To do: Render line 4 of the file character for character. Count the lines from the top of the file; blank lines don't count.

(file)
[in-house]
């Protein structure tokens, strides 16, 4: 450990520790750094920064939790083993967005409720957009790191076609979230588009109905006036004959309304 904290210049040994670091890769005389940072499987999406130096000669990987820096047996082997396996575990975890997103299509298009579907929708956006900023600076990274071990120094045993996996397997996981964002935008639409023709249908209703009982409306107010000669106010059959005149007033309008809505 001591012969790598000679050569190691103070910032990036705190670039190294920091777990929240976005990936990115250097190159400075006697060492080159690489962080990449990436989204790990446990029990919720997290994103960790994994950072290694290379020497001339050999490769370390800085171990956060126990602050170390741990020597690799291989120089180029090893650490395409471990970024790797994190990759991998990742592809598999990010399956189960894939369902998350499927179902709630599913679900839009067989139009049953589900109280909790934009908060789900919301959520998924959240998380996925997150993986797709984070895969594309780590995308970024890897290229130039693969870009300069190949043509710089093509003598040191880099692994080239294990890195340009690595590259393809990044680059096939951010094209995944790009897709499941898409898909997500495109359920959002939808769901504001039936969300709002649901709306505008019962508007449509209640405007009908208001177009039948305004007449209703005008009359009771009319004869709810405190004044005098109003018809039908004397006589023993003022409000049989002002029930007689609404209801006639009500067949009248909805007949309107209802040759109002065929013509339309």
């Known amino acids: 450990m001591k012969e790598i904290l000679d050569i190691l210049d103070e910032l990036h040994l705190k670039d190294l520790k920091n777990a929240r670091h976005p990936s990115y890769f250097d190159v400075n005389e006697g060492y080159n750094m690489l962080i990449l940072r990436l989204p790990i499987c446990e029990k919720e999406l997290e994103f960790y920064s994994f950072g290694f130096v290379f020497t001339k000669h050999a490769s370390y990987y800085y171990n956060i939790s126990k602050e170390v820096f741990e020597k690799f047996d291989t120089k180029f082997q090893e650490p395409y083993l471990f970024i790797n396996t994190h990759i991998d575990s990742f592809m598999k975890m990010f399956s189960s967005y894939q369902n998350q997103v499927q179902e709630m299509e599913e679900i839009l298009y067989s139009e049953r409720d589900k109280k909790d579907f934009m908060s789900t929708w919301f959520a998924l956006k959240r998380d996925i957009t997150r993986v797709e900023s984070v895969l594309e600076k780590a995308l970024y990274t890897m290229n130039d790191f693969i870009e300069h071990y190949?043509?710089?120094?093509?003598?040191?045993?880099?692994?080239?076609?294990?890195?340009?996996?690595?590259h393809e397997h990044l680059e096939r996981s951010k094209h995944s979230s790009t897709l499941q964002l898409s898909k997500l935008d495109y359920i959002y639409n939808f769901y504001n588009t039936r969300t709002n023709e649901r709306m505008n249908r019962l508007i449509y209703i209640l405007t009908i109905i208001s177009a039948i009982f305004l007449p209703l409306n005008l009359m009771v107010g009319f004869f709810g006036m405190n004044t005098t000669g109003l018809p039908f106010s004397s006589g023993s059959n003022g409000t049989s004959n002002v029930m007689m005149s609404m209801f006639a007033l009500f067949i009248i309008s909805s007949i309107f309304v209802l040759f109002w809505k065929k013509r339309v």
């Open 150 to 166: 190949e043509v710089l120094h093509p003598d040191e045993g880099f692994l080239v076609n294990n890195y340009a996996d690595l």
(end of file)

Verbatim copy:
């Open 150 to 166: 190949e043509v710089l120094h093509p003598d040191e045993g880099f692994l080239v076609n294990n890195y340009a996996d690595l």